Matter & Substance
  July 18, 2019
Author: Michael Kidd

Predicting your company’s future performance

It's common for you to associate your CPA with historical financial data and performance; after all, audits and tax returns typically report what has already happened. But don't forget you can hire one to help predict how a company will perform in the future, too.

Prospective reporting options

There are three types of reports to choose from when predicting future performance:

  1. Forecasts. These prospective statements present an entity’s expected financial position, results of operations and cash flows. They’re based on assumptions about expected conditions and courses of action.
  2. Projections. These statements are based on assumptions about conditions expected to exist and the course of action expected to be taken, given one or more hypothetical assumptions. Financial projections may test investment proposals or demonstrate a best-case scenario.
  3. Budgets. Operating budgets are prepared in-house for internal purposes. They allocate money — usually revenues and expenses — for particular purposes over specified periods.

Though these terms are sometimes used interchangeably, there are important distinctions under the attestation standards set forth by the American Institute of Certified Public Accountants (AICPA).

Factors to consider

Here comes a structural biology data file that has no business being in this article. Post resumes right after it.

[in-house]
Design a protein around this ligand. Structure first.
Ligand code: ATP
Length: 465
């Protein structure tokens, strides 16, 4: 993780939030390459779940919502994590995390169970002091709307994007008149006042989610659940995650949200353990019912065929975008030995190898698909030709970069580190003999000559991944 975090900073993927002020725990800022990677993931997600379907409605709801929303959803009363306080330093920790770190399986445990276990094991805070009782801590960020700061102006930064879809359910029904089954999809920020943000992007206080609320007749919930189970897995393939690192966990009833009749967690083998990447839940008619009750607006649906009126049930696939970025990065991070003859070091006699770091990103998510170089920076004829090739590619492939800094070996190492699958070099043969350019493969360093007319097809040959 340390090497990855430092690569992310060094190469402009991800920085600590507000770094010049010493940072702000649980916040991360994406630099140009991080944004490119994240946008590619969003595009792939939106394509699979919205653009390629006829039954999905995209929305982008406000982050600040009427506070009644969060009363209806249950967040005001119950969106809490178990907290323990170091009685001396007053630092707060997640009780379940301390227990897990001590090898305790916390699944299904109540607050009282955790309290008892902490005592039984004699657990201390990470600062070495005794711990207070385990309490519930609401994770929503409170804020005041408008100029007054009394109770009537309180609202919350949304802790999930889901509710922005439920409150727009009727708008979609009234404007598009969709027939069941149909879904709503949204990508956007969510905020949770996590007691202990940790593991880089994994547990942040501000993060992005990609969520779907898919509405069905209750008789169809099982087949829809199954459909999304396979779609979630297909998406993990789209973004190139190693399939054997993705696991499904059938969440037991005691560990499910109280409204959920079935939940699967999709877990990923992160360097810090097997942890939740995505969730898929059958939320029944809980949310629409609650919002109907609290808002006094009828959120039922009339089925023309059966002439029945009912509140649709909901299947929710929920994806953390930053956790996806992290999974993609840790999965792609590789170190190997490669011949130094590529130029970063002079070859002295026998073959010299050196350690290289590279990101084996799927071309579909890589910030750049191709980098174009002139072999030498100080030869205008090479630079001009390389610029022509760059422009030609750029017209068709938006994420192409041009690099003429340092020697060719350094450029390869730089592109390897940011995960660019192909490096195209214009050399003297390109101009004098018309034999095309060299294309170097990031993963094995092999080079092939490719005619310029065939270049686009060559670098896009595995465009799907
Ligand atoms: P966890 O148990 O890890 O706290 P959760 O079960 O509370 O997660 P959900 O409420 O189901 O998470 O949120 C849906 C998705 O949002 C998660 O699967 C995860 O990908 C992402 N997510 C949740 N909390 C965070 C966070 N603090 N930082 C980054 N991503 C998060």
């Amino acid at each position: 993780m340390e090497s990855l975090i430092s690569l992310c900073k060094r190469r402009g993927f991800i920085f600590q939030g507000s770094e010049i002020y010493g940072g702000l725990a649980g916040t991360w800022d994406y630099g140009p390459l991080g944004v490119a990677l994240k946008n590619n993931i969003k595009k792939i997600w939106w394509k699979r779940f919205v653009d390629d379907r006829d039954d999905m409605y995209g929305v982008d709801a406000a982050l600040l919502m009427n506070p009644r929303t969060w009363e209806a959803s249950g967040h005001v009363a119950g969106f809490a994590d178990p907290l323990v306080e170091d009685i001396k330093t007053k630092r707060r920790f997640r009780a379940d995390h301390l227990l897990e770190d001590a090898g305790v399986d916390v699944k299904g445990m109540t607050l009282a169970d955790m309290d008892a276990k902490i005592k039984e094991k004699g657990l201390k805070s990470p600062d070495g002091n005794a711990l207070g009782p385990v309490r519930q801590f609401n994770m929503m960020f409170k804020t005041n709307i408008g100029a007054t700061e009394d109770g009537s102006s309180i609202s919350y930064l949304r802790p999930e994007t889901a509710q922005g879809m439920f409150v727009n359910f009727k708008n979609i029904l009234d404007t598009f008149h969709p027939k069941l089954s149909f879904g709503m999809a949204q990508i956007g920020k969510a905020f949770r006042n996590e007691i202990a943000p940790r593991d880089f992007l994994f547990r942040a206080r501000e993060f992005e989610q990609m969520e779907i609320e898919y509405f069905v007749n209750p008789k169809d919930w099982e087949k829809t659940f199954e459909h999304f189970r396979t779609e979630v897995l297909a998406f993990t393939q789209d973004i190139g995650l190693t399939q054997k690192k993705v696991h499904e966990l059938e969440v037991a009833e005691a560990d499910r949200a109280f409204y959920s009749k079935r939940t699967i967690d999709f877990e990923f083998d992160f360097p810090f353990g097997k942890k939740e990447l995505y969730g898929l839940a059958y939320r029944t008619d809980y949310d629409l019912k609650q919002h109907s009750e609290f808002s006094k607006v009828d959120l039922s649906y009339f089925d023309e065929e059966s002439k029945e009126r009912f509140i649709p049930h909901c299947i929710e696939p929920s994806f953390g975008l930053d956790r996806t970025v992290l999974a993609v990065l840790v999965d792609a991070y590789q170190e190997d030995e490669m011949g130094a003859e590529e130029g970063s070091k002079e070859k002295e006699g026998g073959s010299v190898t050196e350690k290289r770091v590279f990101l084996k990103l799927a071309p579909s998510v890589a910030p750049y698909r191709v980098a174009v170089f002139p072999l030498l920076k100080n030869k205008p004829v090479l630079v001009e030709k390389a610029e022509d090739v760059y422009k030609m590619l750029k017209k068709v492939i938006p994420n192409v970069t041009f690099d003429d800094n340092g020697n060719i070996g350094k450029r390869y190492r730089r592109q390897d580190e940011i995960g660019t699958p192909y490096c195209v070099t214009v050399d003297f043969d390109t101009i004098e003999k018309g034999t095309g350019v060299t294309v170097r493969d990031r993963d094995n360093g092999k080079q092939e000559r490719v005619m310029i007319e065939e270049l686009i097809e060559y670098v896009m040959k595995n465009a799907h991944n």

Historical financial statements are often used to generate forecasts, projections and budgets. But accurate predictions usually require more work than simply multiplying last year’s operating results by a projected growth rate — especially over the long term.

For example, a high-growth business may be growing 20% annually, but that rate is likely unsustainable over time. Plus, the business’s facilities and fixed assets may lack sufficient capacity to handle growth expectations. If so, management may need to add assets or fixed expenses to take the company to the next level.

Similarly, it may not make sense to assume that annual depreciation expense will reasonably approximate the need for future capital expenditures. Consider a tax-basis entity that aggressively took advantage of the expanded Section 179 and bonus depreciation deductions in 2018, which permitted immediate expensing in the year qualifying fixed assets were purchased. Because depreciation was inflated by these tax incentives, a simple forecasting could lead to a materially inaccurate forecast with adverse consequences. 

Various external factors, such as changes in competition, product obsolescence and economic conditions, can affect future operations. Internal events can also affect future operations. For example, new or divested product lines, recent asset purchases, in-process research and development, and outstanding litigation can all materially affect future financial results.

Objective expertise

You may want to create prospective financial reports as part of your annual planning process. Or your lenders and stakeholders may require them when you apply for loans or value the business for corporate litigation. They are also useful when buying out a retiring owner or in a merger or acquisition. Whatever the reason for creating prospective financial statements, it’s important that the underlying assumptions be realistic and well thought out. We can provide objective insights that are based on industry and market trends, rather than simplistic formulas and gut instinct. Our team has a wealth of knowledge and experience in providing businesses with dynamic decision making data that allows our clients to grow and thrive.